(c. 12th century)
   Vedanta philosopher
   Nimbarka was a philosopher of the VEDANTA, who founded a sect of VAISHNAVISM centered in Mathura, North India, that focused on RADHA and KRISHNA.
   Nimbarka was born in Andhra Pradesh; his name has been traced by some to the village Nimba or Nimbapura in the Bellary District. One myth explains his name more colorfully: once a wandering mendicant visited Nimbarka, who offered him food. Because the Sun had already set, the ascetic refused, saying that he had vowed not to eat after the Sun had set. Thereupon the philosopher took the last rays of the Sun (arka) and put them up in a neem tree (nimba tree) until food could be prepared and the ascetic could eat.
   Formally, Nimbarka’s Vedantic philosophy is called dvaitavaita, “both dualist and non-dualist,” which makes it quite similar (but not identical) to the philosophy of RAMANUJA and his VISHISHTAD-VAITA, “non-dualism via differencing.” Dvaitad-vaita, as does non-dualism, understands that all is the divinity. All souls and all matter are the stuff of the divine. In this sense there is non-duality between the selves, between materiality and the ultimate. At the same time no individual soul (let alone matter) can ever be as supreme or sublime as the divine, so in that sense there is duality (a difference) between the divinity and the world. Unlike SHANKARA’S VEDANTA, Nimbarka saw the world as real and not an illusion. Less scholarship has been done on Nimbarka’s philosophy than on several of the other major Vedanta philosophers. Eight major works in SAN-SKRIT are attributed to him but only three are available in published form: Vedanta-parijata-sau-rabha, his commentary on the Vedanta Sutra; a work called Dasasloki, which has only 10 verses; and Krishna-stava-raja, a devotional work. Several subcommentaries have been written on his work on the Vedanta Sutra.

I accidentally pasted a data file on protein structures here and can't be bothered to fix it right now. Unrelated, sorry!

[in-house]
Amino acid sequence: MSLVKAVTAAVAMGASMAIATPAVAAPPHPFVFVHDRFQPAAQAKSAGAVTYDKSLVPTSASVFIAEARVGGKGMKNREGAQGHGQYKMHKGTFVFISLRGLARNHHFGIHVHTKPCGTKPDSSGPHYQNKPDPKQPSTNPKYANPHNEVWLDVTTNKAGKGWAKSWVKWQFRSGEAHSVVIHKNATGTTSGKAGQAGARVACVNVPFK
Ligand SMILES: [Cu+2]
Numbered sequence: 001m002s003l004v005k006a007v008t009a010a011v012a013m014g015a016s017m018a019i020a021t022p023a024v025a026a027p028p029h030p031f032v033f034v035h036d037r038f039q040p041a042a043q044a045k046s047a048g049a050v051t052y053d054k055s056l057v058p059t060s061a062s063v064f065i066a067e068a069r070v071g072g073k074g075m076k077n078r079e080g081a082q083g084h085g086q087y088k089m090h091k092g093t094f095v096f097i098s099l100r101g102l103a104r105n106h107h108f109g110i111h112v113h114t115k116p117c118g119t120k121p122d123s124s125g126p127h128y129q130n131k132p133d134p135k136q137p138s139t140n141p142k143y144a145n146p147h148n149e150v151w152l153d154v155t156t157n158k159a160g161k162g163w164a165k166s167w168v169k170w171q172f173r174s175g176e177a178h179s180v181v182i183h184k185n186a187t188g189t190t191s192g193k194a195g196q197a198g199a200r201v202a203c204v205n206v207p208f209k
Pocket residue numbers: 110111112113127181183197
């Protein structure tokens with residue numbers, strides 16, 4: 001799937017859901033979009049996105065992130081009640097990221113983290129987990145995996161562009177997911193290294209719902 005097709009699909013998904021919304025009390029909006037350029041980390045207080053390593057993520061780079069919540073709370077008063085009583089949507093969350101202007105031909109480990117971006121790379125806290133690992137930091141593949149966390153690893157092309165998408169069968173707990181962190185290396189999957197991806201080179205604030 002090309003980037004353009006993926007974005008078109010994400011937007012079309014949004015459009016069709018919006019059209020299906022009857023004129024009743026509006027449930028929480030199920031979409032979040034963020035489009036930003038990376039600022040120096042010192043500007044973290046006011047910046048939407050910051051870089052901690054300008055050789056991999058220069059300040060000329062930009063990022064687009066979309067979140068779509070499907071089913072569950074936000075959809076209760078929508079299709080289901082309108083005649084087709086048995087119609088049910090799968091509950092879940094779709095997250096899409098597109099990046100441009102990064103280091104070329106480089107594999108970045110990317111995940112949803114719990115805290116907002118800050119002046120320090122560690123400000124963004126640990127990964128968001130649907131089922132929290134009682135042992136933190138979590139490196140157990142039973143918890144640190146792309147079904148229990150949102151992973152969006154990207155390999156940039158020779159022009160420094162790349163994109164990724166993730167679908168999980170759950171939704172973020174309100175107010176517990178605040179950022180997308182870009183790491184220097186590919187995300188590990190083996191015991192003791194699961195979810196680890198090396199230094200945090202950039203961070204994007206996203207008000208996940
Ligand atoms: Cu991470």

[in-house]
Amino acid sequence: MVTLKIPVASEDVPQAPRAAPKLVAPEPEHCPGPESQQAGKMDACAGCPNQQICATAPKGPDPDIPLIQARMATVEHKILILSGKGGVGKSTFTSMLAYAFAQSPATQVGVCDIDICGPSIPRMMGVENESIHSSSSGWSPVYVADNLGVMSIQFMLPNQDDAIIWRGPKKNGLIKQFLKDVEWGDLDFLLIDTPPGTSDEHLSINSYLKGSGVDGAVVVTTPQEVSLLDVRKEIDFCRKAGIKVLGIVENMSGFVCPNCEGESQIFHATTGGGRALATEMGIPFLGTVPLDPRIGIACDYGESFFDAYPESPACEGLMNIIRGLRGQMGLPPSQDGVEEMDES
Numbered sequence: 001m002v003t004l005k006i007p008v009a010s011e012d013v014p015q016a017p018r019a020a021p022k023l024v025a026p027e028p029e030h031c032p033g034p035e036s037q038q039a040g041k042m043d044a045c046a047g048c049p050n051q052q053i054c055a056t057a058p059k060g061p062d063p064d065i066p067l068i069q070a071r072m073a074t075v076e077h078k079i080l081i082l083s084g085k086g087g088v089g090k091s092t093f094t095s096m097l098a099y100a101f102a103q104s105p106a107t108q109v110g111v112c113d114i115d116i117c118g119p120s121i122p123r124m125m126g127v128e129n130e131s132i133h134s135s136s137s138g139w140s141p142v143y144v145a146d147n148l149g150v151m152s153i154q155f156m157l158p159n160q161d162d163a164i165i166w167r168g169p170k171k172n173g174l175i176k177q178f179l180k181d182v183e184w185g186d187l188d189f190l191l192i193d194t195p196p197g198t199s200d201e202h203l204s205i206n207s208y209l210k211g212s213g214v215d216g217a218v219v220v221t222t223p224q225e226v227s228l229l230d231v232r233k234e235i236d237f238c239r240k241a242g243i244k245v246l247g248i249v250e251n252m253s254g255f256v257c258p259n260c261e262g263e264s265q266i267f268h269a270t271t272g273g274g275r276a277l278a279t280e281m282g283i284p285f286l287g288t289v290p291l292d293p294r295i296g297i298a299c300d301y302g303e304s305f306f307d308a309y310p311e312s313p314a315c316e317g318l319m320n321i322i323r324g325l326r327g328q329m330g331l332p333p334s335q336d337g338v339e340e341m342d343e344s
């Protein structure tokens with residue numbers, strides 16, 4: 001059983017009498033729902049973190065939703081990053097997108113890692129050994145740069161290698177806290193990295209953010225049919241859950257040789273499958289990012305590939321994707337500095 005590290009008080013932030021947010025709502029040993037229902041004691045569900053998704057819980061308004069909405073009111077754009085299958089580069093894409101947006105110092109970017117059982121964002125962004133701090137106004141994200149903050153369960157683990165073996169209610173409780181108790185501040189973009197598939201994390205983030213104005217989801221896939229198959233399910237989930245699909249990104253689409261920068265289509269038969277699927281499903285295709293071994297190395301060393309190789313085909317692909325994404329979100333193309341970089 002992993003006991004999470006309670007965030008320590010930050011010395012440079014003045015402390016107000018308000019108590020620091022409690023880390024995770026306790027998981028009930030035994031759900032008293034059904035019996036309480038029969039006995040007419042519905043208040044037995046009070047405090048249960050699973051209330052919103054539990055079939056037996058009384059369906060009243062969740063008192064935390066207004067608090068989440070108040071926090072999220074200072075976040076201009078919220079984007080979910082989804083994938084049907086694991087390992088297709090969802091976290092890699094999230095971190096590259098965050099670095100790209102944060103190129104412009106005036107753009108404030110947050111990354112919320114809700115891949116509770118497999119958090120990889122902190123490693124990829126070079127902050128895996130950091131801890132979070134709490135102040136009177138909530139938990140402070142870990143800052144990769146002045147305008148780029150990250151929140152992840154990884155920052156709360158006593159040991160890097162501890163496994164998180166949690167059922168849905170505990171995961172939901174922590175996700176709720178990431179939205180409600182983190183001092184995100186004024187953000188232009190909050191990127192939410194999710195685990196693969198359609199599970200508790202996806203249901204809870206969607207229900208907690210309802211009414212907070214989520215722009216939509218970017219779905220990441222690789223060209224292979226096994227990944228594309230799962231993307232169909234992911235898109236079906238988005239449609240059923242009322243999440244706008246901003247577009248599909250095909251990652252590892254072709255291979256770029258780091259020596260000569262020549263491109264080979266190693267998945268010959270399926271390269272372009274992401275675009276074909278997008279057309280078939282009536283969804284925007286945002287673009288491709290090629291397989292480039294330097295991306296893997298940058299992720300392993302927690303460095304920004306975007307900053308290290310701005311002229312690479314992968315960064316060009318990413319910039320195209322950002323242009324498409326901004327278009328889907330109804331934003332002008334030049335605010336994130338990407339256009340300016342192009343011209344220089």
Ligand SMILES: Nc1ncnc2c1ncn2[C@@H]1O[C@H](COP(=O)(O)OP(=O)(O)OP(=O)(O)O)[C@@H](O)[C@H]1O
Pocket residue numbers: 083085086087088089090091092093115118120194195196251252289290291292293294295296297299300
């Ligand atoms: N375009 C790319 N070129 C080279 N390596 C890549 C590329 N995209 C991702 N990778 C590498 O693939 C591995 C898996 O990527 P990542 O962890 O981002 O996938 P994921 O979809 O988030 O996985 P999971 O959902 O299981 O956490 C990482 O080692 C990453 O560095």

Nimbarka’s system took Krishna to be god, while the devotee took the role of Krishna’s con-sort, Radha, in adoring him and serving him. Nimbarka is perhaps best known to modern India through the Vaishnavite sect named after him, the Nimbarki sect, which is also referred to as the Sanakadi or Hamsa sect of Vaishnavites, centered in Mathura.
   Further reading: M. M. Agarwal, The Philosophy of Nim-barka (Varanasi: Chaukhamba Surbharati Prakashan, 1983); Unmesha Mishra, Nimbarka School of Vedanta (Allahabad: Tirabhukti, 1966); Swami Tapasyananda, The Bhakti Schools of Vedanta (Madras: Ramakrishna Mutt, 1990).

Encyclopedia of Hinduism. . 2007.

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